Our story starts with Nexus.
Past Event July 10, 2020 / 11:00am – 4:00pm
Virtual Pop-Up: Recycled Books
We want to stay connected and creative with our community during these unprecedented times.
Our first opportunity we are sharing is our Virtual Pop-Up. For the next few weeks, arts instructor Elisabeth Herrera is sharing virtual activities to keep you inspired. Follow along with each activity and share your creations with us on Instagram (@atlantacontemporary) with the hashtag #ACMAKES
We look forward to seeing everyone’s creations and continuing the excellent conversations we usually have in person in a digital space.
Atlanta Contemporary began as Nexus Press. According to www.allnexus.press:
“From 1977-2003, Nexus Press of Atlanta, Georgia was devoted to the production and publication of experimental artists’ books. As one of the premier non-profit visual arts book presses in the United States, it produced and published over 200 original works. The press collaborated with national and international artists, including a series of international artists’ books produced as part of the Cultural Olympiad of the 1996 Olympic Games.
Nexus Press books are held in major collections throughout the world, including the Museum of Modern Art, The Whitney Museum of American Art, Victoria and Albert Museum, and the Rijksmuseum, in addition to many college and university research collections” (https://www.allnexus.press/)
In 2015 Atlanta Contemporary dedicated an exhibition to exploring the impact Nexus Press has had bringing the art of the south to the world. Endless Road: A Look at Nexus Press can be explored through our virtual archives.
Check out these resources to learn more about Nexus Press:
Even without professional printing materials, nothing fancy is needed to create works at home.
Making your own books starts with a very simple process. Don’t have a sketchbook? No problem! Keeping a sketchbook provides a place for all your ideas and documents your growth. These little books can fit in your pocket to record field notes on your next walk around the neighborhood or make it easier for you to remember what you needed at the grocery store.
Materials you’ll need:
- Blank Paper (pages torn from a sketchbook, printer paper, and reclaimed packaging are all appropriate for this process)
- Reclaimed paperboard (cereal boxes and other boxed food packaging work great for this process, look for imagery that interests you)
- Scissors or craft knife
- Large needle
- Waxed thread (sewing thread or even waxed dental floss can work in this process)
- Awl (if you have no awl use your needle to make guide holes)
Step 1: Choose cover design
Choose a piece of paperboard for your book cover. So many interesting images are included in food packaging. Flatten out the box you have chosen and decide which area will be the focal point of your book cover, remember that the piece you cut will be folded in half to create the front and back cover of the book. Use a ruler to help ensure that book cover is cut evenly.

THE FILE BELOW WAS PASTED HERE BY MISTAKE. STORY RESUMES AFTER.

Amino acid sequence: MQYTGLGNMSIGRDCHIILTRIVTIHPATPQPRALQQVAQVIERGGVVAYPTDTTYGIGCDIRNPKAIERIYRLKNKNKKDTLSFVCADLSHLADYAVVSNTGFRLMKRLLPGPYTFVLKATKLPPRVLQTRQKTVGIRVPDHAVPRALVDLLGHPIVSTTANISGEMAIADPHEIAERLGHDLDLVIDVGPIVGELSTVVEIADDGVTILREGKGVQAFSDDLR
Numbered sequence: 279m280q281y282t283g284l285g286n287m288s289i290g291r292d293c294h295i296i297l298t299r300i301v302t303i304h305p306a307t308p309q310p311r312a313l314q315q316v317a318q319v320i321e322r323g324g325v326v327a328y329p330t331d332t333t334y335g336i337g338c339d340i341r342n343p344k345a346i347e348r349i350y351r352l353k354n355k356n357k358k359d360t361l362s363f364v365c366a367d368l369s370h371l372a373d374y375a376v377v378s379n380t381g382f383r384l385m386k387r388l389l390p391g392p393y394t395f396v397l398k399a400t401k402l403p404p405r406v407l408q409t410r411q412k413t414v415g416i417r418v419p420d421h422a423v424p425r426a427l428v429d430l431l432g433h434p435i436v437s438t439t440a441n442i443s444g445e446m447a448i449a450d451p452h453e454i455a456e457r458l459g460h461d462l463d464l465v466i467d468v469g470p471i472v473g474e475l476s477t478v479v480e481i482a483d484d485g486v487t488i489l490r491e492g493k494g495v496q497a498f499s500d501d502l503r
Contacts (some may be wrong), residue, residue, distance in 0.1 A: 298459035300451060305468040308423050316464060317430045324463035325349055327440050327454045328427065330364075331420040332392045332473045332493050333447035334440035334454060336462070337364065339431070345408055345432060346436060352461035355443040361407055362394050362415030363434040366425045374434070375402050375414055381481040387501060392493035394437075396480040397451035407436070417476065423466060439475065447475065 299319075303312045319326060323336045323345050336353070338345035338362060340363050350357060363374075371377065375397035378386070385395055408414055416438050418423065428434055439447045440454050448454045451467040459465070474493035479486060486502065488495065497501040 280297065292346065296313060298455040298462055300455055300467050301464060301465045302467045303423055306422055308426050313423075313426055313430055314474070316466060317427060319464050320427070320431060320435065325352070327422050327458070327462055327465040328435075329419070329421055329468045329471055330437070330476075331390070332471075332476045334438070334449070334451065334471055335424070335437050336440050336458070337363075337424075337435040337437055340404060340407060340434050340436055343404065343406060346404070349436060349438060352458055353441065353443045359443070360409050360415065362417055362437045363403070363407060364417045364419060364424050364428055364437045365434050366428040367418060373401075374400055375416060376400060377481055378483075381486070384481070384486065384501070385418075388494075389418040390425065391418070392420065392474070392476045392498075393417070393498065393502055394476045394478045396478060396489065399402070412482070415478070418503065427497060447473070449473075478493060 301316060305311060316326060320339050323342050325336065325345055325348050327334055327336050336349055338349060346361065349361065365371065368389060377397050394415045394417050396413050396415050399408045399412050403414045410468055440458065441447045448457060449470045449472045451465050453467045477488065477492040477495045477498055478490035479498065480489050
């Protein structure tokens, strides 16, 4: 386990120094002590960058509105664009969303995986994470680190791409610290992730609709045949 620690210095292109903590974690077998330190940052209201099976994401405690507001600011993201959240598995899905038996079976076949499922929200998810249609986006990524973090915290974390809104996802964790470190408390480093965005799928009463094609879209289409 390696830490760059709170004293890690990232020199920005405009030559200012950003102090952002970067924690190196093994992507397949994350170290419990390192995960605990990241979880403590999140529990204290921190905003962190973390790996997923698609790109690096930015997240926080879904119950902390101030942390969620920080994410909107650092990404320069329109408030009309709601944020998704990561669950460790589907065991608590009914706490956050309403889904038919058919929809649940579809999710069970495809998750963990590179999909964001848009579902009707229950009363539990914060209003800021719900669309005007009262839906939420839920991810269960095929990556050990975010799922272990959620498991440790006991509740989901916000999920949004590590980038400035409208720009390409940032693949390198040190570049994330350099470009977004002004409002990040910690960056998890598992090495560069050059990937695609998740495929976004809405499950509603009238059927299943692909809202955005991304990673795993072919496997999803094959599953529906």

Step 2: Create the signature
The pages of a book are folded in half and organized into groups called signatures. This book will have one signature. Stack up no more than 5 sheets of paper and cut to the same size as your cover. Stack up the papers and fold them in half together. Keep the remaining paper for more books or other projects.
Step 3: Create guide holes
For this next step we will be using an awl, a tool which creates small holes. If you do not have an awl use your large sewing needle to poke the guide holes. Use a ruler to mark ½ inch (but no less than ¼ inch) from both the top and bottom of your book cover, as well as, in the center crease of the book cover. For example: if your book cover is 4 inches tall you would make a a guide hole at ½ inch, 2 inches, and 3 ½ inches.
Repeat the process exactly the same way, using the same measurements to create guide holes in the crease of the signature. The crease of a signature or the meeting of two pages is called the gutter.
Step 4: Bind your book
Use a large sewing needle and waxed thread (or sewing thread or waxed dental floss) to bind the signature to the cover. We will be using a 3-hole pamphlet stitch. Place the signature inside of the cover with guide holes aligned.
Begin in the center hole on the outside of the cover. Pull thread through leaving at least one inch outside of the cover. Push needle through the top guide hole, back through the center hole, and finally through the bottom hole. Loop thread through itself and tie a knot. This process is illustrated in our video tutorial.
Share your work!
We love to see how you use these prompts in your artist practice. Use the tag #ACMakes on social media to share your work.
Elisabeth Herrera-Very is an art educator working in Atlanta. After nearly a decade as a public school visual arts teacher she shifted her focus to community engagement and museum education. As a teaching artist she develops programming that provides inclusive, thoughtful, and relevant art experiences for all participants. Her programming at Atlanta Contemporary encourages patrons of all ages to explore their own creative process through contemporary art making practices and thematic instruction.
Share your creations with us! Tag us on Facebook or Instagram @atlantacontemporary and use the hashtag #ACMAKES.
January 21 / 6:00pm
Moving Through the Pandemic
A conversation with Choreographers about creating movement-based art, even at a distance.
January 30 / 12:00pm
Advocacy & Activism in the Arts
Presented by Urban Catalyst Lab
A conversation on Advocacy & Activism in the arts, featuring panelists who represent the multifaceted Atlanta advocacy scene.
February 20 – February 21
2021 Atlanta Biennial
Celebrate the openings of the new exhibition.